|Achtung: Die Balkan-Kommission der Österreichischen Akademie der Wissenschaften wurde mit 31.12.2011 geschlossen|
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Transhumance: A Comparative Study
Financed by the Romanian Cultural Institute (Institutul Cultural Român), Cantemir Programme
“Transhumance: A Comparative Study” documents the practice of transhumance in Europe from an artistic and ethnological perspective. Transhumance represents a cultural heritage that has moulded for centuries the cultural European landscape. Nowadays transhumance is replaced by sedentary forms of sheep-breeding. In many regions it is already extinct. Nevertheless, the traces of this practice are significant: networks of pastoral routes that crisscross political borders; architecture related to shepherds’ activities; traditions linked to the seasonal movement of the flocks. The disappearing of transhumance affects not only the social and cultural life of local communities, but also the mountain regions’ biodiversity.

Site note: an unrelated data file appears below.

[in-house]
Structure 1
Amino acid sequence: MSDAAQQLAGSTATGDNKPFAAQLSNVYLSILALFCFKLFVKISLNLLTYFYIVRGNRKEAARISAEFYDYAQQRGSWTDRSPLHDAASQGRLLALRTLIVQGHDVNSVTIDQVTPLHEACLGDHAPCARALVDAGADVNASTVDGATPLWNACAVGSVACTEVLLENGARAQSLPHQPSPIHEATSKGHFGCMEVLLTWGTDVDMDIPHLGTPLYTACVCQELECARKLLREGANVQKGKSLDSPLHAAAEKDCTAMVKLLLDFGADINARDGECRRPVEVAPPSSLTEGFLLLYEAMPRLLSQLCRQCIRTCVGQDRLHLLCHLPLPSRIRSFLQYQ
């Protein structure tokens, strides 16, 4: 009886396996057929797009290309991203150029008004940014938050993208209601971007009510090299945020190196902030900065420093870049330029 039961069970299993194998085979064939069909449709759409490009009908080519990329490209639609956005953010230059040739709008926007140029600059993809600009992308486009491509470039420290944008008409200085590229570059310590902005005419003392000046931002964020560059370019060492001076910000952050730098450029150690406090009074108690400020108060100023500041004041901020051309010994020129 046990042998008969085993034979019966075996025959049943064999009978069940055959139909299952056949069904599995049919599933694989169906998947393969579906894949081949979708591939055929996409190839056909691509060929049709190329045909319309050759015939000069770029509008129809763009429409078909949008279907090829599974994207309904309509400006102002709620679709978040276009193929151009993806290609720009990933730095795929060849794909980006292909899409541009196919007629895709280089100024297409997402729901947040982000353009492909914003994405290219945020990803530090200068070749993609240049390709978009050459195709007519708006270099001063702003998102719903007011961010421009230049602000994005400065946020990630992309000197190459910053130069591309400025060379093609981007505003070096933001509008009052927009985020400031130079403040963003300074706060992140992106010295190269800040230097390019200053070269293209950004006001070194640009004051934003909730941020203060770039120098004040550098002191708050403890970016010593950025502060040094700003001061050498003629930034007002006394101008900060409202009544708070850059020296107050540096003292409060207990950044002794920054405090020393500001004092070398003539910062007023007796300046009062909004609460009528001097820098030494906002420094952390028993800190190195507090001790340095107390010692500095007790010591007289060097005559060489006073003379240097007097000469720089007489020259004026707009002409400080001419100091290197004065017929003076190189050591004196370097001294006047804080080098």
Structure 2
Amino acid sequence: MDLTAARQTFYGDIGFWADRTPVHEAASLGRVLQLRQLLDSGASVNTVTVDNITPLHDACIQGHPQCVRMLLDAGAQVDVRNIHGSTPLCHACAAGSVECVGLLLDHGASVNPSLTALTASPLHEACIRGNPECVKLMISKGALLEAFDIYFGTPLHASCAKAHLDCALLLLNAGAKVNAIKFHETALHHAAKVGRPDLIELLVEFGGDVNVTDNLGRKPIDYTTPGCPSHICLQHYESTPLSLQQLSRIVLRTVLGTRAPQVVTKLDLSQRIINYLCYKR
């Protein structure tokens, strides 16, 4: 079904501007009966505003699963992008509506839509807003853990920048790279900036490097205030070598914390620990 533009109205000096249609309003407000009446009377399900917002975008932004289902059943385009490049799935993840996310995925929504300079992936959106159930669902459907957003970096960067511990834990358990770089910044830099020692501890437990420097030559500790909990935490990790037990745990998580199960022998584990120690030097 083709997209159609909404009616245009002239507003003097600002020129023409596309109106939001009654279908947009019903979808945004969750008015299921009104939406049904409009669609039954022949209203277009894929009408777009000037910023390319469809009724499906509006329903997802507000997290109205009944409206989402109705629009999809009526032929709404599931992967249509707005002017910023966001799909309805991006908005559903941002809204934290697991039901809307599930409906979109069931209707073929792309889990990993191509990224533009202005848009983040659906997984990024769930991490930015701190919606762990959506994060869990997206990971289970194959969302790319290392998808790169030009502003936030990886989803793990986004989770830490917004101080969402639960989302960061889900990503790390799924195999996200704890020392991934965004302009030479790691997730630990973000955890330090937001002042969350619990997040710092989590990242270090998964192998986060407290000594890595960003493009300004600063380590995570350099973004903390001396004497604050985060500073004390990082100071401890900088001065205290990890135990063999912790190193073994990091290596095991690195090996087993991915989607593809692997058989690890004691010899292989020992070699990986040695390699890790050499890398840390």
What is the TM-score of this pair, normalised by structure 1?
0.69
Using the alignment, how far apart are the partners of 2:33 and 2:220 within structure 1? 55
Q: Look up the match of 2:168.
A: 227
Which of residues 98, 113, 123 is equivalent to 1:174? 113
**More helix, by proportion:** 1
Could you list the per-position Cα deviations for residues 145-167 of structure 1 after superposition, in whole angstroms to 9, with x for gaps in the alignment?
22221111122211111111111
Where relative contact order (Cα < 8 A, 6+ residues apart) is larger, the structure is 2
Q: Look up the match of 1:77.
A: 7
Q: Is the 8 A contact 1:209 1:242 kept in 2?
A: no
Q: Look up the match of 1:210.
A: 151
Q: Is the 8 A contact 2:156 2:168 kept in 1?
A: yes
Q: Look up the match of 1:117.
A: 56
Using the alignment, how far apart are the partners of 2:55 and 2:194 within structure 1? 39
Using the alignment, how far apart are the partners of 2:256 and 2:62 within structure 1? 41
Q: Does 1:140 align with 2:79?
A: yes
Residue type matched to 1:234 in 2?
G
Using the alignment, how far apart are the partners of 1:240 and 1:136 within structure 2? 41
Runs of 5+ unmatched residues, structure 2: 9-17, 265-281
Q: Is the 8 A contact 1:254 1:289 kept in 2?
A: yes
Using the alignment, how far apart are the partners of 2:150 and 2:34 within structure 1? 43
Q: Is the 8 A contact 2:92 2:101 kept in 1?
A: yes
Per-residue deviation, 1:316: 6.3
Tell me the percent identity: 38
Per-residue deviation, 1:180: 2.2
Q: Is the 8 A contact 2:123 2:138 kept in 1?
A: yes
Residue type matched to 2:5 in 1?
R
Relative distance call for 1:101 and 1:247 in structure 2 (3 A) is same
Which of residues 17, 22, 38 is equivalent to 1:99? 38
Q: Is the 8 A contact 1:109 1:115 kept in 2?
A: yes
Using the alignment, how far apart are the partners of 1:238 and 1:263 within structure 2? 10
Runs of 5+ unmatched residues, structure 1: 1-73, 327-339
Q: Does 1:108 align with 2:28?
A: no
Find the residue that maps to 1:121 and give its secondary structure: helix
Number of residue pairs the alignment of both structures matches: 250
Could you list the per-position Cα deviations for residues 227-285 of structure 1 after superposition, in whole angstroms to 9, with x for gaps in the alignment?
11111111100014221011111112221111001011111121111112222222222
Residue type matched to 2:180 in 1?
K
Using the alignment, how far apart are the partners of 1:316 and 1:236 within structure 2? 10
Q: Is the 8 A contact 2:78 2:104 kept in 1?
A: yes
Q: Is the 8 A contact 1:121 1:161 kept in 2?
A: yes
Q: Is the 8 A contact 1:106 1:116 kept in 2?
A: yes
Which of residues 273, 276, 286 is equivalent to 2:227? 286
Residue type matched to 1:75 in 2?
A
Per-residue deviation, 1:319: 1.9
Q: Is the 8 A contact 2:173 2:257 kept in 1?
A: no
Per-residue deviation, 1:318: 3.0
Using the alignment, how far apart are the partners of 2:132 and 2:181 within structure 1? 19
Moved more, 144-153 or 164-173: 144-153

The project aims to map the remains of transhumance in Europe; it is a practice that represents a common heritage of many European peoples, as well as a means of linking them up by ignoring political borders and following just geographical lines. Transhumance is defined as the livestock’s movement in search of available pastures, over considerable distances, following seasonal patterns. Shepherds and their families live in temporary or movable shelters. As the case studies show, transhumance has been considerably altered. Caused mainly by economic reasons, these changes generate ecological and social transformations of the habitats. Today, the majority of shepherds rapidly move the livestock, in a few days, by motor vehicles, from the winter to the summer farm. Thus, the nomadic character of transhumance gradually vanishes.
The compared case studies are chosen in countries with different cultural traditions and speeds of development: Italy (Piemonte and Sicilia), Albania (Çajup mountains, near Girokaster), Turkey (Giresun area and Konya province), UK (Pembrokeshire, Wales), Greece (Perivoli), and Romania (from Mărginimea Sibiului to Zalău). The photographer Dragoş Lumpan has initiated this ample project on transhumance in 2010, and partial results have been presented as a photo exhibition in September 2010 at the conference “Balkanisms Today” in Vienna organized International Slavistic Commission (Commission for Balkan Linguistics), the Austrian Academy of Sciences (The Balkan Commission) and the University of Vienna (Institute for Romance Languages).
© Dragoş Lumpan